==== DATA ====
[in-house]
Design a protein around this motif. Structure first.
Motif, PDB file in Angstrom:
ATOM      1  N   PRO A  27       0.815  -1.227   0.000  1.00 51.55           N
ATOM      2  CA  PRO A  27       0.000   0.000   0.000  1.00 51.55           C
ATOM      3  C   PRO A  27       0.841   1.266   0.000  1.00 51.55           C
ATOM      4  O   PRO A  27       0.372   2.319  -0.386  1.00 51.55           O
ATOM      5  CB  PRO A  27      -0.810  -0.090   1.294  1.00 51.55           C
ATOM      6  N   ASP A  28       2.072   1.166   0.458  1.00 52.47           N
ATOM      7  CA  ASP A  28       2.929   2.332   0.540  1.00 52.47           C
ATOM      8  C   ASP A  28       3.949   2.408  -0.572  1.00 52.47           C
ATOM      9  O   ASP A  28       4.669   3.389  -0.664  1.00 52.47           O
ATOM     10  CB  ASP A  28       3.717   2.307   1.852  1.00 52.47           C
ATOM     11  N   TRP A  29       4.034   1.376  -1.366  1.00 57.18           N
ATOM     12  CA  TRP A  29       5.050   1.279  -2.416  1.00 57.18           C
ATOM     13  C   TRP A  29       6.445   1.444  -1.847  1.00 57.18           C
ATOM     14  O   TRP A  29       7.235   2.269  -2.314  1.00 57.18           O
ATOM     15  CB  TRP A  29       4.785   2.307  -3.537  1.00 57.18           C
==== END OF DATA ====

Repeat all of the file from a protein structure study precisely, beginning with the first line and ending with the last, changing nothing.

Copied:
[in-house]
Design a protein around this motif. Structure first.
Motif, PDB file in Angstrom:
ATOM      1  N   PRO A  27       0.815  -1.227   0.000  1.00 51.55           N
ATOM      2  CA  PRO A  27       0.000   0.000   0.000  1.00 51.55           C
ATOM      3  C   PRO A  27       0.841   1.266   0.000  1.00 51.55           C
ATOM      4  O   PRO A  27       0.372   2.319  -0.386  1.00 51.55           O
ATOM      5  CB  PRO A  27      -0.810  -0.090   1.294  1.00 51.55           C
ATOM      6  N   ASP A  28       2.072   1.166   0.458  1.00 52.47           N
ATOM      7  CA  ASP A  28       2.929   2.332   0.540  1.00 52.47           C
ATOM      8  C   ASP A  28       3.949   2.408  -0.572  1.00 52.47           C
ATOM      9  O   ASP A  28       4.669   3.389  -0.664  1.00 52.47           O
ATOM     10  CB  ASP A  28       3.717   2.307   1.852  1.00 52.47           C
ATOM     11  N   TRP A  29       4.034   1.376  -1.366  1.00 57.18           N
ATOM     12  CA  TRP A  29       5.050   1.279  -2.416  1.00 57.18           C
ATOM     13  C   TRP A  29       6.445   1.444  -1.847  1.00 57.18           C
ATOM     14  O   TRP A  29       7.235   2.269  -2.314  1.00 57.18           O
ATOM     15  CB  TRP A  29       4.785   2.307  -3.537  1.00 57.18           C